Kevin Roose was a journalist at Brown University when he decided to transfer to Liberty University, a very conservative Christian college founded by Rev. Jerry Falwell. Kevin was raised Quaker by pretty liberal parents, has a lesbian aunt and fit right in at Brown, so it was culture shock when he transferred. But Kevin figured out that students at Liberty aren't that different than the students at Brown. In fact, the students at Liberty seem happier, even with the strict rules enforced by the RAs. Nothing beyond short-term hand-holding. No revealing clothes, etc. Kevin leaps into the evangelical college with an open mind and doesn't spend the book bashing conservatives, which I appreciated. Instead, he pretty fairly notes the positives and the negatives of the college and the people who go there. In the end, he interviews Jerry Falwell (the last interview before Falwell's death) and he is greatly impacted by the Rev.'s death. Falwell was "complicated, " Kevin tells his father. Even back at Brown, Kevin still prays occasionally, so the semester at the holy university definitely influenced him. And even though I really enjoyed the first third of the book, the middle and end took me forever to read. I just couldn't breeze through it and I found myself putting the book aside to find something else to read.

Tuesday, September 22, 2009

The Blind Side: Evolution of a Game by Michael Lewis, Read by Stephen Hoye

This adult nonfiction book won the Alex Award in 2007 and I've tried reading it before. But the first part of the book is strictly a book about football and the history of the game, and I grew bored. But then I saw the movie trailer and thought, "I better give this one another chance." So I tried the audio version. My mind still wandered during the football parts, but the parts about Michael Oher were wonderful. Michael was a poor black kid in Memphis who luckily ended up at a ritzy Christian school because of his massive size. He was smart, but never educated. He was physically gifted, but had never been taught to play anything. Everything he learned he learned from the streets. And then he ends up with a rich, white Republican family and his life begins to change. He starts learning how to play football and realizes that he won't ever be a point guard because of his size. He's called a "freak of nature" and is bigger than most NFL linemen as a junior in high school. After a few football games, college scouts are beating down his door. With a great tutor, charitable adopted parents and network of supporting people, Michael Oher ends up being drafted by the Baltimore Ravens for millions of dollars. This is a great inspirational read, if you can handle reading about the growing importance of the left tackle charging the quarterback's blind side.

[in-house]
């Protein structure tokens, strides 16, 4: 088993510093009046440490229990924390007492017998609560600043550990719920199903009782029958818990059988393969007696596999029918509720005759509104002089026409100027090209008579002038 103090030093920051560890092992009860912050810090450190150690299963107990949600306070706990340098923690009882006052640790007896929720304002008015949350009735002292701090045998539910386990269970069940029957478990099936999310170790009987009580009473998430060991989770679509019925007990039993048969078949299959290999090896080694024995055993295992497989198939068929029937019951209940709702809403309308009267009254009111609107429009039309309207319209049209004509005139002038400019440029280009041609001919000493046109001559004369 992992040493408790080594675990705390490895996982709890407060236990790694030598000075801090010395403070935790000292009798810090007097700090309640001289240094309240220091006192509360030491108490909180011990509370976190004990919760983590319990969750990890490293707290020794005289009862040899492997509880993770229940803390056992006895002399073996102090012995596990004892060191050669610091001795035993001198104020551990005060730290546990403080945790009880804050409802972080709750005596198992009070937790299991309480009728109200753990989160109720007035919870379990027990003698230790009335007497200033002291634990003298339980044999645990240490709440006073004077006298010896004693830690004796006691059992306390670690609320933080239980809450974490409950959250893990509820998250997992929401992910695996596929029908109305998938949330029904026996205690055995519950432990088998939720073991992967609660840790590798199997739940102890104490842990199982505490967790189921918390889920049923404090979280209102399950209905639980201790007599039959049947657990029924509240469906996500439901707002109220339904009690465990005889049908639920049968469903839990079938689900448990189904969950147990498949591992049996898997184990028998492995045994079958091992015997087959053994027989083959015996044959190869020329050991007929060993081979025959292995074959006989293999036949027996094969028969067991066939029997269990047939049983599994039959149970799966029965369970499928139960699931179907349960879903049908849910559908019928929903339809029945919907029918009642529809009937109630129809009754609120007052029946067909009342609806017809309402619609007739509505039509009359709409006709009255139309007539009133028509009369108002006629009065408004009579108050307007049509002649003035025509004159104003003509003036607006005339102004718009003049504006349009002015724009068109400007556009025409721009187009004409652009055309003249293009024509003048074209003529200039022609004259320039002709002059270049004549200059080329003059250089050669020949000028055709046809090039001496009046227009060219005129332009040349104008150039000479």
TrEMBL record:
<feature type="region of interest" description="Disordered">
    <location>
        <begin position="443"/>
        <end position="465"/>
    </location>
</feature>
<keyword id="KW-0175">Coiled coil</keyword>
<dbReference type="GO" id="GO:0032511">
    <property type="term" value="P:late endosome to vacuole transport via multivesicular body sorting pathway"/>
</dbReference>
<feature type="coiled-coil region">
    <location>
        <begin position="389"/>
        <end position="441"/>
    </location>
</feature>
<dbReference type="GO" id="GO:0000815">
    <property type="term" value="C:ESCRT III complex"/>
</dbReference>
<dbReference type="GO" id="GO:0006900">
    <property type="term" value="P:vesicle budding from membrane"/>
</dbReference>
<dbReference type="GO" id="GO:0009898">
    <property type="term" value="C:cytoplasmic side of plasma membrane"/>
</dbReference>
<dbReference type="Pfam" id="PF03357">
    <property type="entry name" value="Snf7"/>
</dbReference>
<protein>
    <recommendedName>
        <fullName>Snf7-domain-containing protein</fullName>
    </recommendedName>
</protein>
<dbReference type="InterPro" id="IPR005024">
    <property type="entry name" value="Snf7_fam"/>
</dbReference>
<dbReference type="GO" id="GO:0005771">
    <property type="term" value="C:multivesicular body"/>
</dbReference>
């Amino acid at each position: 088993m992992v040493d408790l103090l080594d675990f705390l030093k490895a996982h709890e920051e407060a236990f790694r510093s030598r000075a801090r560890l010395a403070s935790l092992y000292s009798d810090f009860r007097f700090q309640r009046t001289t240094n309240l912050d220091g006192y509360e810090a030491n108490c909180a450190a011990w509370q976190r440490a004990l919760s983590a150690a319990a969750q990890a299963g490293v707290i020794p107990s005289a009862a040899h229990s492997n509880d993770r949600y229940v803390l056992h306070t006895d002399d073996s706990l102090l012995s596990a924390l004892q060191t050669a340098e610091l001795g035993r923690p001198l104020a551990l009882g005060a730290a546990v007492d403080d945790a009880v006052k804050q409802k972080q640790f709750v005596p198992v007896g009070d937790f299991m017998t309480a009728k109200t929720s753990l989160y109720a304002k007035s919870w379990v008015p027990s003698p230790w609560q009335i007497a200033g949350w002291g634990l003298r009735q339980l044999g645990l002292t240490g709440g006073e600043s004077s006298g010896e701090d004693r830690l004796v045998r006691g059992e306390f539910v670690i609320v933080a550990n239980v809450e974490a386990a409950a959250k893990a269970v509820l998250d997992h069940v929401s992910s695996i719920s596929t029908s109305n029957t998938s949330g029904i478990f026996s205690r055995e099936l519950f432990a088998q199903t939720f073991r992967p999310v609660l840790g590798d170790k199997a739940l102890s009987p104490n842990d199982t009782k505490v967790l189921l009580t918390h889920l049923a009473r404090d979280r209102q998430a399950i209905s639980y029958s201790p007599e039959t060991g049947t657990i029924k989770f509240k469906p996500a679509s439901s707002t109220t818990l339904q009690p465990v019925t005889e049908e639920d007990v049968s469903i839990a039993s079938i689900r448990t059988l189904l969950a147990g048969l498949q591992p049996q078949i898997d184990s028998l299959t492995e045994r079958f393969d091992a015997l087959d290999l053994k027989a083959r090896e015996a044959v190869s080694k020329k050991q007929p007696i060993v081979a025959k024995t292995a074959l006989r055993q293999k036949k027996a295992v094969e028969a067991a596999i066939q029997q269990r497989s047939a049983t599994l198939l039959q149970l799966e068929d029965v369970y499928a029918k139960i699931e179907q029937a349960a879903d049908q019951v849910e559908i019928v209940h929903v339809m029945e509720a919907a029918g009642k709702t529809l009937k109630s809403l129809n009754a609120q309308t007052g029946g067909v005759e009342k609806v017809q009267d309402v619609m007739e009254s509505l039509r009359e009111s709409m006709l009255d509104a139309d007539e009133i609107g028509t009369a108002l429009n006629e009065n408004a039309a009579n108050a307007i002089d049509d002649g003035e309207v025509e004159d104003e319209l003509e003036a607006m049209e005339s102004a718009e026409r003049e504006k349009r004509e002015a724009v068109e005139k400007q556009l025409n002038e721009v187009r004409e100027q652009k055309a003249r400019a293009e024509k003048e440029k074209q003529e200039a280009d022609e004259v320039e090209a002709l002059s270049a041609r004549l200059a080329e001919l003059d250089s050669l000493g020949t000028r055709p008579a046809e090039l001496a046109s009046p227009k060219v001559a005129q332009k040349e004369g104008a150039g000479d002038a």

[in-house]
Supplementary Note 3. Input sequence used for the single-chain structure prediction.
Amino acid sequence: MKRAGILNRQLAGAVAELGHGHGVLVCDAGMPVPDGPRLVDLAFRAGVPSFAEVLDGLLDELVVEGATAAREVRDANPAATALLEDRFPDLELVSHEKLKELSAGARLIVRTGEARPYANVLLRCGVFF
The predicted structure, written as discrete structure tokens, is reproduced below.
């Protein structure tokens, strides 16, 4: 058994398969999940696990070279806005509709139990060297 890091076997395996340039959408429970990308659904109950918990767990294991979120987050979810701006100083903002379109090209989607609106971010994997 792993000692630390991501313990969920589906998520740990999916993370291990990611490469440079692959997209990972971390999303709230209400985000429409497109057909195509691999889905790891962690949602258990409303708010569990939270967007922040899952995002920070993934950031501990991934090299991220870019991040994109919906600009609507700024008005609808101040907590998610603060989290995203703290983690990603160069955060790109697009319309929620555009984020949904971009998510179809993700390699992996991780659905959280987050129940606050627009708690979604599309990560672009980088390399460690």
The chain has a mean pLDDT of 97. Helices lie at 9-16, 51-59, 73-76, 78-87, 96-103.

Tuesday, September 15, 2009

The Magicians by Lev Grossman

2010 Alex Award Winner!

I had such high hopes for this "next Harry Potter" novel and was singing its praises early on in my reading. The first half of the novel is very much like an adult Harry Potter book. Quentin is applying for colleges and doesn't know what he wants out of life. Then he gets a magical invitation to take a difficult test in a room full of smart kids. He makes it and sets off to Brakebills College. There he learns magic, meets friends, and realizes that he still isn't a very happy person. Like many teenagers, Quentin is just plain unhappy, and his unpleasantness got to me by the end of the book. I've read plenty of books where I didn't like the characters, but I found myself rolling my eyes toward the end of this one. The tone was so freakin' negative and I wanted just one kid in the book to be positive and fulfill his/her potential. Just one. I guess I was looking for Ron Weasley, HP or Hermione. I liked the "adult"ness of the book, and loved the inclusion of Quidditch, Lord of the Rings references, and other fantasy staples. But the overall tone of the book isn't good. I don't want to read a sequel, unless it reads like the first third of the book.

Thursday, September 3, 2009

A Cold Place in Hell by William Blinn

This is one the best westerns I've ever read. And I went through quite the western stage back in high school. The author was a screenwriter for Bonanza and Gunsmoke, and you can tell. Blinn really knows how to tell a story.